Monday, September 06, 2010

Q.61 Please tell us anything else you think we should know about your claim

This is the actual answer provided on my current application for Disability Living Allowance for Q.61 Please tell us anything else you think we should know about your claim. This post should be read in conjunction with the part answer to Q.31 Do you need someone with you to guide or supervise you when walking outdoors in unfamiliar places in the blog Helping Hands, and the blog Page 18, Other Information IB50 form.

I was diagnosed with Ehlers Danlos Syndrome in 2004 after many years of being fobbed off and dismissed by medical professionals. After so long living with increased disability without knowing the reasons why I was relieved just to get an answer. Perhaps naively I hoped that diagnosis would be the first step towards getting better and regaining the many things I'd lost, friends, relationships, career and family. 

Day to day my life just is what it is, constant pain, dislocating joints, medications, falls, choking, incontinence, mobility equipment and many other indignities are always there but things I deliberately choose not to consider. I make jokes out of difficult situations, give mumbled half answers when people ask how I am, or just insist I'm fine even when it is patently obvious to everyone that I am anything but. I do this because to focus on the difficult things would make me incredibly depressed and to be blunt, I have enough problems already. Depression would just tip me over the edge. So instead I slap a smile on my face, no matter how hard or horrible the day. I smile because otherwise I'd cry and that just gives me a headache. I choose to be happy by focusing on how fortunate I am to have a roof over my head, to be able to see the sun shine, and to live in a country which still, just about, believes that looking after those who are more vulnerable is a collective responsibility. 

Filling out these forms has been a depressing and traumatic process for me. What I expected to be a straightforward task of explaining my disability has actually been a complex and difficult confrontation of the issues I face but choose not to think about on a day to day basis. Not only does it hurt my hands, but it breaks my heart to type the words I avoid saying out loud. That for the past six years I have fought every day; to gain an understanding of my condition, to take the correct medications, to eat the right food, to do the endless, painful, frustrating and incredibly boring physiotherapy exercises, to accept having to use a wheelchair, to learn to accept that the physical pain which is my constant companion will never go away, and will instead be joined by the emotional pain of a million tiny losses.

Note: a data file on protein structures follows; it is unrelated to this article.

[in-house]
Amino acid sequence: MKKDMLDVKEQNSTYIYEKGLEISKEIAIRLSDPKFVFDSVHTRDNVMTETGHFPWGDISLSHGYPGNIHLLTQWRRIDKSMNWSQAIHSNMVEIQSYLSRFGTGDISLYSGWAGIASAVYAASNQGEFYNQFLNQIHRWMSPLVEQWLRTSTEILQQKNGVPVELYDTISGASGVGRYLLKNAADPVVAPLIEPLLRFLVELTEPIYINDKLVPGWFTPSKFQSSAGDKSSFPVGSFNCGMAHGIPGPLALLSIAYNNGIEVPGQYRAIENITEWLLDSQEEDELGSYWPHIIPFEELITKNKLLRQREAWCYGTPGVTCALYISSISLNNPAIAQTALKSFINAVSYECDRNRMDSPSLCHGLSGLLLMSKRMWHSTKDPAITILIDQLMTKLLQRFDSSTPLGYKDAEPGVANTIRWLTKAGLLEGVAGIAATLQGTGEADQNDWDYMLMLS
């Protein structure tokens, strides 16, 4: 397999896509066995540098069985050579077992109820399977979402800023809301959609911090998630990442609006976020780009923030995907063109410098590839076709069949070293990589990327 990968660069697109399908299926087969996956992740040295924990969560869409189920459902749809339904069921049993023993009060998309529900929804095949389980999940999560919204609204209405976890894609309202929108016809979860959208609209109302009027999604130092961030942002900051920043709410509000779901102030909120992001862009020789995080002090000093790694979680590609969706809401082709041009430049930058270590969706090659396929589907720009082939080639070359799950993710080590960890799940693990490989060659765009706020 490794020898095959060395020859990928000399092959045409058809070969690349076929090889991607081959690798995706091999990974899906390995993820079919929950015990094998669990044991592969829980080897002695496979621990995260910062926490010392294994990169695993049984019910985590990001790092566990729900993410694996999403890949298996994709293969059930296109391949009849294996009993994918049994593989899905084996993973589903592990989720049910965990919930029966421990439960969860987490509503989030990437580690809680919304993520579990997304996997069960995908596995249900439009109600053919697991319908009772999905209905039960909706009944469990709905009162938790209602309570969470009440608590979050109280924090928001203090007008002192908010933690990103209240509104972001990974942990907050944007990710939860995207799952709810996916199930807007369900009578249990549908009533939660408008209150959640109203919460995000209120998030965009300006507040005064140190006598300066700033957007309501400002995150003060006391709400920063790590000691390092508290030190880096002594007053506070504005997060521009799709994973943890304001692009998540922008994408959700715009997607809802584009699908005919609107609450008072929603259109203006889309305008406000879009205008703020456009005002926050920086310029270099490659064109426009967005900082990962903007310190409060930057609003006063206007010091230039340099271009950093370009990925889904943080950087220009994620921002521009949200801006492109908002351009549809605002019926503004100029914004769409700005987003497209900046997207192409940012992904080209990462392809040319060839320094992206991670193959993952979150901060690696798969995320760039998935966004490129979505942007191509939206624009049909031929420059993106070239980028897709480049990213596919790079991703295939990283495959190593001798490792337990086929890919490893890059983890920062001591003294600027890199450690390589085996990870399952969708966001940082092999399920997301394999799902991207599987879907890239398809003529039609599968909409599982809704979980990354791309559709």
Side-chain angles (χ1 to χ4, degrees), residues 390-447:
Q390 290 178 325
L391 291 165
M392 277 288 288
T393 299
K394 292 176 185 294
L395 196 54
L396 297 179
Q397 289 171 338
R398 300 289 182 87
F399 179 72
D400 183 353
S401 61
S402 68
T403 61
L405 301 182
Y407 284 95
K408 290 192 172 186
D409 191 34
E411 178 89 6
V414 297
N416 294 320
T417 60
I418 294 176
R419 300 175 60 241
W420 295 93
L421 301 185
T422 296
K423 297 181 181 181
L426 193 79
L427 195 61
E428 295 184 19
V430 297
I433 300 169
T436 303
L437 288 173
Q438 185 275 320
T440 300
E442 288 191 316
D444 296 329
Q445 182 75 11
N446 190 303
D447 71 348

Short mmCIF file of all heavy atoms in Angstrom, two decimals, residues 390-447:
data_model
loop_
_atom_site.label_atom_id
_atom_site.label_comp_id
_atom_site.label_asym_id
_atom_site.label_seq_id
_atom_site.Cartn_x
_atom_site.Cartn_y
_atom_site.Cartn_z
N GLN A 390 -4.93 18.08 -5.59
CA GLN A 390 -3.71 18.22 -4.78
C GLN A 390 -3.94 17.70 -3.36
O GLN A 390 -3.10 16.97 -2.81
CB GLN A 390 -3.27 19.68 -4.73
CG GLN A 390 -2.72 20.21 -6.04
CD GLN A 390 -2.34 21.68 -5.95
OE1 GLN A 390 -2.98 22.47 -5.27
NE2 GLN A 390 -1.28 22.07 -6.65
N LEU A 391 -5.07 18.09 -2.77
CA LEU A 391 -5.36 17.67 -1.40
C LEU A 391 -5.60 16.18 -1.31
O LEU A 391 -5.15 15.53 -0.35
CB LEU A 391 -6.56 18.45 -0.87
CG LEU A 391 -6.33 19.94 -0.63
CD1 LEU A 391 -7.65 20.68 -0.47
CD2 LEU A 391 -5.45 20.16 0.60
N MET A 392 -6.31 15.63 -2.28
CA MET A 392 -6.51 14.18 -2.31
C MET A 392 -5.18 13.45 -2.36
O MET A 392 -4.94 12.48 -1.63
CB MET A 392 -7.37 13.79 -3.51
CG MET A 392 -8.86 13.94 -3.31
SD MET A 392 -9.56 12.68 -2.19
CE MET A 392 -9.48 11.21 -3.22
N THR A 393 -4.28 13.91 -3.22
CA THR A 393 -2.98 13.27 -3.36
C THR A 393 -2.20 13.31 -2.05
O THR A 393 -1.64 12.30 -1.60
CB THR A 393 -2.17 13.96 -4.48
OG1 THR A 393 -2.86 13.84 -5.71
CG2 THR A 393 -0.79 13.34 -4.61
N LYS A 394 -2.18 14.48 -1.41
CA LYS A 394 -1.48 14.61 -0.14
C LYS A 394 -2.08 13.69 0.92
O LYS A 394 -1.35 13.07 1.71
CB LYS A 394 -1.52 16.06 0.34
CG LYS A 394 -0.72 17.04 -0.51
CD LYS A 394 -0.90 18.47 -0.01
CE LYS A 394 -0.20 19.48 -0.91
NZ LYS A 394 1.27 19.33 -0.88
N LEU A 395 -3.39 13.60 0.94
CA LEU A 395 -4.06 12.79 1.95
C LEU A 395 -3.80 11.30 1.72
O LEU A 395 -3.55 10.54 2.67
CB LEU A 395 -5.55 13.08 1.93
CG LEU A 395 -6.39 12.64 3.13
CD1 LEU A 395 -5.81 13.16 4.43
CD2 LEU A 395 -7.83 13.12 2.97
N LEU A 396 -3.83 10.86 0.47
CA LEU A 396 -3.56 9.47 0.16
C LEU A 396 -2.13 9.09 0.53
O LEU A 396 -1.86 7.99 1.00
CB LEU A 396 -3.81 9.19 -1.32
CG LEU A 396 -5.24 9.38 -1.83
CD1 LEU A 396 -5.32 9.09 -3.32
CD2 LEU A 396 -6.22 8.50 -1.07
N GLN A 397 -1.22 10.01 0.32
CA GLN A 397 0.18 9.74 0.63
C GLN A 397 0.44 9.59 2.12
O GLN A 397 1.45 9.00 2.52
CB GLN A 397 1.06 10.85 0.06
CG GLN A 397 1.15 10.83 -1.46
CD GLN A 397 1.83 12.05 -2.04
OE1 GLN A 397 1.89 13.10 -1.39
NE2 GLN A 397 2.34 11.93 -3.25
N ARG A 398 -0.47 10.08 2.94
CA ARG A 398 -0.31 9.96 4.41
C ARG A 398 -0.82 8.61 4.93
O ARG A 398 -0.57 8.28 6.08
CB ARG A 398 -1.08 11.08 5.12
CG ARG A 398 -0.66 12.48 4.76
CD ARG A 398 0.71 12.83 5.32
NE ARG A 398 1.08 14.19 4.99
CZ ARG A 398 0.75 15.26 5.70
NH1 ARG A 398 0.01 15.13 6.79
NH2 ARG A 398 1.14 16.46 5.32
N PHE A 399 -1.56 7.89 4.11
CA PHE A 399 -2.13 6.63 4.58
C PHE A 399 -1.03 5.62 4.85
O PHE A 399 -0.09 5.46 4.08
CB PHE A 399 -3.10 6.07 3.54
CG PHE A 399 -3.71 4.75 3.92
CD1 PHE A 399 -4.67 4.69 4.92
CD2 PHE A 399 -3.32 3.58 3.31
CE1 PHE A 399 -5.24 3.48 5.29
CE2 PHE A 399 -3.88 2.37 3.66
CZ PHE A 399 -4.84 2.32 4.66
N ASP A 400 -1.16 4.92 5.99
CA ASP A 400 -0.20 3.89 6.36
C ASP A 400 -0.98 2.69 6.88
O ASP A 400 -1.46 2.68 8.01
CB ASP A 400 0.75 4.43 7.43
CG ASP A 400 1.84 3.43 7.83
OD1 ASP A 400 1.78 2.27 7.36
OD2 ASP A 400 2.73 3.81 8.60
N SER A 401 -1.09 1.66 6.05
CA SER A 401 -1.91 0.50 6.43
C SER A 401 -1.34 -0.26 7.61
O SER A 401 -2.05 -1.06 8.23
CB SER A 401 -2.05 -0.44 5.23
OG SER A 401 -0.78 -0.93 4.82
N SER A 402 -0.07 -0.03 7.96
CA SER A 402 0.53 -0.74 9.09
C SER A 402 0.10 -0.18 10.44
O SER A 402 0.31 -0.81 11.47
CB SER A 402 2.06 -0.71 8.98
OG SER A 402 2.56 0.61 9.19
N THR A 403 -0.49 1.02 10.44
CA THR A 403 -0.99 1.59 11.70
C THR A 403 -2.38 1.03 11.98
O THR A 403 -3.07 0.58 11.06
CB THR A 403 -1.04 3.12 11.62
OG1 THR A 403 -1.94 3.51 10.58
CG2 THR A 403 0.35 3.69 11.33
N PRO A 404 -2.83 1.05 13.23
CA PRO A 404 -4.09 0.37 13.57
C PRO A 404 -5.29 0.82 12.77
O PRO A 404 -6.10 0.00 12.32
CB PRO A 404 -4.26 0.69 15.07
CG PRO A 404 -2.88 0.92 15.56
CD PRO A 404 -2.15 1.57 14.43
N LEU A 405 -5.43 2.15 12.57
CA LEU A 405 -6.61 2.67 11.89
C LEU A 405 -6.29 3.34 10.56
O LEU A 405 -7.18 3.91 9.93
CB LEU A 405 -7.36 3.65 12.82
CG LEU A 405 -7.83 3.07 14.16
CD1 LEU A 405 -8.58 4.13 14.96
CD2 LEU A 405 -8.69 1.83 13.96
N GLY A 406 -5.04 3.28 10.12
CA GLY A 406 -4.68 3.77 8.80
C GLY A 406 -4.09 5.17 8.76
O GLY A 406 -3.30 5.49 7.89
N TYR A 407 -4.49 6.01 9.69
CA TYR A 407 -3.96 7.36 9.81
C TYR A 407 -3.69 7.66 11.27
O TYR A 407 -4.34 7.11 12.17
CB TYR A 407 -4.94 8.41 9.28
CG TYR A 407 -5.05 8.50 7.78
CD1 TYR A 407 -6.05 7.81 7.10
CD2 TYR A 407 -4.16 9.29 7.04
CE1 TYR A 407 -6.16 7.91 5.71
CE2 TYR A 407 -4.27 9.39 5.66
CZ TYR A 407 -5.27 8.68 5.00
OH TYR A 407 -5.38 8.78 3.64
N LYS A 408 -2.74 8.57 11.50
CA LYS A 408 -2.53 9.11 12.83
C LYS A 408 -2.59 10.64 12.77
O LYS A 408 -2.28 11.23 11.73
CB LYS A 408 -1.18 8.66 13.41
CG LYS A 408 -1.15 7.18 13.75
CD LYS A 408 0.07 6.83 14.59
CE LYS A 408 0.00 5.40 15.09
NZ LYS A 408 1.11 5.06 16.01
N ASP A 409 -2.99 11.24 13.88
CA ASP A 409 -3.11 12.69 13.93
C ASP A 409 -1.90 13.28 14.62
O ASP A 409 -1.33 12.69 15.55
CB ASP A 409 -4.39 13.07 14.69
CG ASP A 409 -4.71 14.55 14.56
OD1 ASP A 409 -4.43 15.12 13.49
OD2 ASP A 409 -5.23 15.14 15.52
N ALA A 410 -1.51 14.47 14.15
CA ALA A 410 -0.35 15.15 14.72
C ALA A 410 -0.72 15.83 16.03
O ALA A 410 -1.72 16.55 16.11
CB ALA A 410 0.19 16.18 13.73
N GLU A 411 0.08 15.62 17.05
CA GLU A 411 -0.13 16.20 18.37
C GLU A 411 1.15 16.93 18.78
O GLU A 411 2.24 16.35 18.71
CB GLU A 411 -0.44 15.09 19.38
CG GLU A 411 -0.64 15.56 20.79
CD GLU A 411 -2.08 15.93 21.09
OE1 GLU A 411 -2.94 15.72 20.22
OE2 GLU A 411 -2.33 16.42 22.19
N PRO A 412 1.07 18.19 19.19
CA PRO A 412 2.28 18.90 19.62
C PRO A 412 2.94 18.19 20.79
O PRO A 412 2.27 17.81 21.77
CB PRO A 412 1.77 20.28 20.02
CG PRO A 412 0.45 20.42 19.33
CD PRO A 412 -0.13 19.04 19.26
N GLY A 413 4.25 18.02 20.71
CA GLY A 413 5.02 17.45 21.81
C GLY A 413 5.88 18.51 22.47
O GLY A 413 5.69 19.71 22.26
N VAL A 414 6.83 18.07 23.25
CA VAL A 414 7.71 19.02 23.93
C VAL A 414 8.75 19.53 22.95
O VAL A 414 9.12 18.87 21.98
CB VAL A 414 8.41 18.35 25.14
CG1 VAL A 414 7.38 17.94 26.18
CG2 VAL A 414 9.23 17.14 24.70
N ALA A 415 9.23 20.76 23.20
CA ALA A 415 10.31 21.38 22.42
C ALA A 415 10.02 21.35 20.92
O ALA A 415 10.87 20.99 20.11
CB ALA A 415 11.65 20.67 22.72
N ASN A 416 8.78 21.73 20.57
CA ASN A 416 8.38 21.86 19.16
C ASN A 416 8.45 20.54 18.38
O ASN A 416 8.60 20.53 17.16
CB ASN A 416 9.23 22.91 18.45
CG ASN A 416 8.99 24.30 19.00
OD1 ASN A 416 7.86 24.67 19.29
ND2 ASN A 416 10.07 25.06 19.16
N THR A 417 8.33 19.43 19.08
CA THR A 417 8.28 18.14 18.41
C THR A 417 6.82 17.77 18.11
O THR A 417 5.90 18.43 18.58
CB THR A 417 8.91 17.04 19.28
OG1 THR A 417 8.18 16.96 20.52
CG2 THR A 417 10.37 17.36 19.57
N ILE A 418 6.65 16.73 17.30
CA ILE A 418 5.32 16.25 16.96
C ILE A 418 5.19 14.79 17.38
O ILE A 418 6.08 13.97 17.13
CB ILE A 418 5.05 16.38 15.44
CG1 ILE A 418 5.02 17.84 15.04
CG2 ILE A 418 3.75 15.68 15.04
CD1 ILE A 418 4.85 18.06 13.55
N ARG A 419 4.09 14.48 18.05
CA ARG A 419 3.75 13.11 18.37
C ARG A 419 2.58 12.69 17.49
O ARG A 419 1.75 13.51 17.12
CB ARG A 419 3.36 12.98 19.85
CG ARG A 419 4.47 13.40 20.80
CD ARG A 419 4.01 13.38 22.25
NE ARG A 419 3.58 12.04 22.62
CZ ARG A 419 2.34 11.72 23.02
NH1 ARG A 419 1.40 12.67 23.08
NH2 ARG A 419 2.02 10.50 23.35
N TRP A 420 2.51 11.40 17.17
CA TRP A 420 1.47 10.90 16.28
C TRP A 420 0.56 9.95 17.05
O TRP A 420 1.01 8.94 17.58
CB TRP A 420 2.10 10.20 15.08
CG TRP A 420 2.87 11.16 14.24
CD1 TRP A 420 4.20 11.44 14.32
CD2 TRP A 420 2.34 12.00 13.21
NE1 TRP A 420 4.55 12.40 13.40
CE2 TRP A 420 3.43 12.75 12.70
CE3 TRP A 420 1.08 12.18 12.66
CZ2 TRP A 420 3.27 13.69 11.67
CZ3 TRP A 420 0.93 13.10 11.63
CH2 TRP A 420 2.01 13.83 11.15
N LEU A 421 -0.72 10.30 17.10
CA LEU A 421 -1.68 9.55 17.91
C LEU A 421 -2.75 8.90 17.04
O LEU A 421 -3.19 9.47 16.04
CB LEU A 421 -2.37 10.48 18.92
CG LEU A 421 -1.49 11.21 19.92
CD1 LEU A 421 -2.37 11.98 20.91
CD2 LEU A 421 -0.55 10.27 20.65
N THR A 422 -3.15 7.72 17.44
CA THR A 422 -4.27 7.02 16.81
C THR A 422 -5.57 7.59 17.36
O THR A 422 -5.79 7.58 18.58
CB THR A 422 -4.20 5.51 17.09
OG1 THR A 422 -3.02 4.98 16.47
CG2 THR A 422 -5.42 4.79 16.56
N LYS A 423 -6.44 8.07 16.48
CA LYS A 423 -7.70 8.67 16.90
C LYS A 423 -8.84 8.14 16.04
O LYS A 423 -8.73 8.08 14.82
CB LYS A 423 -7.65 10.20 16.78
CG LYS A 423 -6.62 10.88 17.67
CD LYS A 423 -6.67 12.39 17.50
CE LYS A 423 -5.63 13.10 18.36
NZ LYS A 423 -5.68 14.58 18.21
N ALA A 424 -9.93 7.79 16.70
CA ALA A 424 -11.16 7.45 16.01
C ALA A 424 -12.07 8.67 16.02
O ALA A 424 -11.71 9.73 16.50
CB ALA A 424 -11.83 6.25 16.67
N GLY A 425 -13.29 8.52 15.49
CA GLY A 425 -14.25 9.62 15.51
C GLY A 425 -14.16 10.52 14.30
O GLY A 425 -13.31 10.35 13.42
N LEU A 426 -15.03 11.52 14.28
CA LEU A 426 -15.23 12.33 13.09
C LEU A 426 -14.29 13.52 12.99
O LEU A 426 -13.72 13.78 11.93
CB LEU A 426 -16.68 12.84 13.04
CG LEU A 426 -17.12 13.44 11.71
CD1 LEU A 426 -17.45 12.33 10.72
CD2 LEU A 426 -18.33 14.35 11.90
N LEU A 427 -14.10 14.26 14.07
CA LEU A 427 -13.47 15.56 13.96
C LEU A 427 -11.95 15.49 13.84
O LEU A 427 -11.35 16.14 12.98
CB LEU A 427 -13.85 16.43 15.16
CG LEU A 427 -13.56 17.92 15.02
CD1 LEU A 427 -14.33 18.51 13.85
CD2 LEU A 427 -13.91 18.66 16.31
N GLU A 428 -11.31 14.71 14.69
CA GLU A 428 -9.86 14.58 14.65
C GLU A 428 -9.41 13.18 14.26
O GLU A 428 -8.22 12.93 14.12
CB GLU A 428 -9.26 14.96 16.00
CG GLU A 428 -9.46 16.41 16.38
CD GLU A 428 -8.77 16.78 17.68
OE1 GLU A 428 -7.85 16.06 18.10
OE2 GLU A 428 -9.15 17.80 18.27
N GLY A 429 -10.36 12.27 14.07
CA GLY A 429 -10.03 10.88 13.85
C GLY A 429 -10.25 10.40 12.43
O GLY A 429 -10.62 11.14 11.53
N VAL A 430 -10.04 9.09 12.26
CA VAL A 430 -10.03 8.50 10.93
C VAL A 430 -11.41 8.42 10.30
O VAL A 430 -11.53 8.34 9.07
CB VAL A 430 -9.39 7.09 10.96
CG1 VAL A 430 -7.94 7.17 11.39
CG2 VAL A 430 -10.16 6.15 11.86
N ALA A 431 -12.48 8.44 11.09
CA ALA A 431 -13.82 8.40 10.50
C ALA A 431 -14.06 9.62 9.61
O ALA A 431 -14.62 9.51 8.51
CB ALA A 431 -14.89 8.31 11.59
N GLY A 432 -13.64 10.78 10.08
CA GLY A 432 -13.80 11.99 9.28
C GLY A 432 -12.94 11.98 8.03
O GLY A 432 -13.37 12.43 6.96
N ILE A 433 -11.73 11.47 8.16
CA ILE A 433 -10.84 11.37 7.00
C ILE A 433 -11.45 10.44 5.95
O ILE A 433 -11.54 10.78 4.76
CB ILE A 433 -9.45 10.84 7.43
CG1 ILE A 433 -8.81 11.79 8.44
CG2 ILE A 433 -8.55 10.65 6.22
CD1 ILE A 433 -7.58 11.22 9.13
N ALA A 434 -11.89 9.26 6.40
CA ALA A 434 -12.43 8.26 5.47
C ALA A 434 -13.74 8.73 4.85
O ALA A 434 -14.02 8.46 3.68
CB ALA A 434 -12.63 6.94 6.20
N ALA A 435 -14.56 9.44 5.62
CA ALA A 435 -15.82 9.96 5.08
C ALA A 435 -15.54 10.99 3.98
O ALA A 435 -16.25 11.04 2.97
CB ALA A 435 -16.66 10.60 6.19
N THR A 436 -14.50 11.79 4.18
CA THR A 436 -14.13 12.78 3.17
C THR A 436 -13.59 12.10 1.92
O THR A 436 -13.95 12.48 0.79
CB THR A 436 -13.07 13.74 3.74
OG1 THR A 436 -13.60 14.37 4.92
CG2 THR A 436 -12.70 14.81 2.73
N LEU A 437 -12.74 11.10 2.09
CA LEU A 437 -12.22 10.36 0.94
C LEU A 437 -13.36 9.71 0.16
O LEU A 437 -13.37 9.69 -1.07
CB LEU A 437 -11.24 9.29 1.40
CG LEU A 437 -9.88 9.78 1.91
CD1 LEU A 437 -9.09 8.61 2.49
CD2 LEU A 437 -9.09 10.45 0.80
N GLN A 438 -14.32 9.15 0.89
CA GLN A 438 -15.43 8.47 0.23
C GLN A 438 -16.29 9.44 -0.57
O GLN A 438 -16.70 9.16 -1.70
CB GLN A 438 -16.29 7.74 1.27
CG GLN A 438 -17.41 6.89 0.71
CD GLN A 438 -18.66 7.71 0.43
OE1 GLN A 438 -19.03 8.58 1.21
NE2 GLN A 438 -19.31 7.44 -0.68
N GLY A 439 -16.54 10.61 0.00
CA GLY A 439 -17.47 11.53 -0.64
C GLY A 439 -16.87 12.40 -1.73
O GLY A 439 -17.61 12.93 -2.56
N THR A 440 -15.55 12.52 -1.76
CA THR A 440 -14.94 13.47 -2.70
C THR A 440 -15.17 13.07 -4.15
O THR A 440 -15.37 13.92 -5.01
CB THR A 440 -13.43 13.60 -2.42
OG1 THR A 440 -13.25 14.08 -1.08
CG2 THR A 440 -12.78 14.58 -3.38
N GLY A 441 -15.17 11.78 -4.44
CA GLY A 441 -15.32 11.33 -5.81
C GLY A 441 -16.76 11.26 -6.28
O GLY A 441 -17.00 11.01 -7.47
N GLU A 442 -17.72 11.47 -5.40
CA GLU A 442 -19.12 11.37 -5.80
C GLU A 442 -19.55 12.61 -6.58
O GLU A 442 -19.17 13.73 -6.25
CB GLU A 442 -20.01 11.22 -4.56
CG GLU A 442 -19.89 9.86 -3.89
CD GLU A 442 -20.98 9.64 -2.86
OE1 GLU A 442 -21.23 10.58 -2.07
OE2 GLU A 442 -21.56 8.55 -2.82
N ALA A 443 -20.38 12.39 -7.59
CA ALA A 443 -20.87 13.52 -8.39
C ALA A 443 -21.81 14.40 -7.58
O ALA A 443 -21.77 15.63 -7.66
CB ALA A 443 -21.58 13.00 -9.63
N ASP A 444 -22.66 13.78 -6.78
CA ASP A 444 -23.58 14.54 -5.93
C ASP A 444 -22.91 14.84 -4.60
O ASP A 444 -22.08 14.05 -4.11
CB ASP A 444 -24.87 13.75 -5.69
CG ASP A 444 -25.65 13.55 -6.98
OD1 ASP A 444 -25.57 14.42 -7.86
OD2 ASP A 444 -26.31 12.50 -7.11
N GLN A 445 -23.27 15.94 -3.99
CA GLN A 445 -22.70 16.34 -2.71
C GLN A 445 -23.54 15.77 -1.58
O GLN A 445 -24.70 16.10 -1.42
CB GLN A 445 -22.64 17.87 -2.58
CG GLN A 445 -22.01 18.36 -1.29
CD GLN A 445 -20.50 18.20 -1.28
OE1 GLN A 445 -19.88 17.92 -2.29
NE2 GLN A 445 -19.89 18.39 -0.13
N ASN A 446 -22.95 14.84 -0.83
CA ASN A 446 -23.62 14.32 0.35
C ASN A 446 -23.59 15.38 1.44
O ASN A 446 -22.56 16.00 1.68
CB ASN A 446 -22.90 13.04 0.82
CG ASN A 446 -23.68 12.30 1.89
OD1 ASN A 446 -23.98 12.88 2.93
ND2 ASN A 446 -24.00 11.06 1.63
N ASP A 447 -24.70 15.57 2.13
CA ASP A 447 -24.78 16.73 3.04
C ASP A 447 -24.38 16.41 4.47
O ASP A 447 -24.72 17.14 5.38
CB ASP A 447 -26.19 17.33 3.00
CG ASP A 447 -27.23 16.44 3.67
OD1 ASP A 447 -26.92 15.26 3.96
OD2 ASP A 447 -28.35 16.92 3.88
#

It has taken me weeks to fill out this form as every time I try to answer a question I give up. How can I explain what it's like to have forgotten how not being in pain feels? That even the smallest movement can cause one or more joints to dislocate. What it's like to try and do even the simplest tasks with joints that won't hold themselves together, let alone do anything of practical value. When I dislocate my knee just rolling over in bed it's easy to swear a bit and refuse to think about the white hot pain, or subsequent tears, or the shoulder that's dislocated trying to relocate the knee, but that filling that information out on a form defeats me. All those individual dislocations and consequent lost opportunities I ignore in favour of those created, but to see them in glaring detail, not just once but the 53 different ways required by an official form is too much for me to bear. 


14 comments:

Veronica said...

xxx

Nemonie said...

"How can I explain what it's like to have forgotten how not being in pain feels?"

Just...yes.


xxxxxx

Molly Bennett said...

Excellent post. This is something I've noted so many times with constituents who are asked to fill in these forms - it makes them focus on the many negatives in their lives, when they tend to make the best of things the rest of the time.

Ironically, in my experience it's usually those who are making fraudulent claims who are comfortable "bigging up"their conditions, while those people like you who battle on against through extreme illness or disability tend to play down the whole situation, refer to "good days" etc, and sadly, often have far more trouble getting the benefits to which you are undoubtedly entitled than those who are less honest, and/or in far less genuine need.

alhi said...

I wonder are you being too emotional for a form? I can feel and understand all that you have written, but perhaps it should be a bit more cut and dry? Did you list somewhere all the medication that you take? I got DLA pre-hip and while it's a different part of the country etc and therefore different numbers claiming, I remember that I just was straightforward and factual. I'm happy to hunt out a copy of it for you if you want?

BenefitScroungingScum said...

Alhi: How are you? Thanks for that-I've filled out the other 52 questions in a straight forward factual way, DWP require it to be this way way, this was just for the 'anything else' bit. Xx

BenefitScroungingScum said...

Molly: I'm lucky to have done a degree that prepared me for a very formal style of writing so the forms are the one place I big up the bad stuff and in DWP approved language. Like I said on twitter, I'd go to pieces in front of a panel and insist I'm fit for anything!
It is an approach that is weirdly at conflict with the way most genuine claimants feel, and like you say plays right into the hands of the fraudsters...a point which seems entirely lost on both politicians and Daily Mail readers!

BenefitScroungingScum said...

Nemonie: It's a weird one isn't it!

BenefitScroungingScum said...

Veronica: Thanks Xx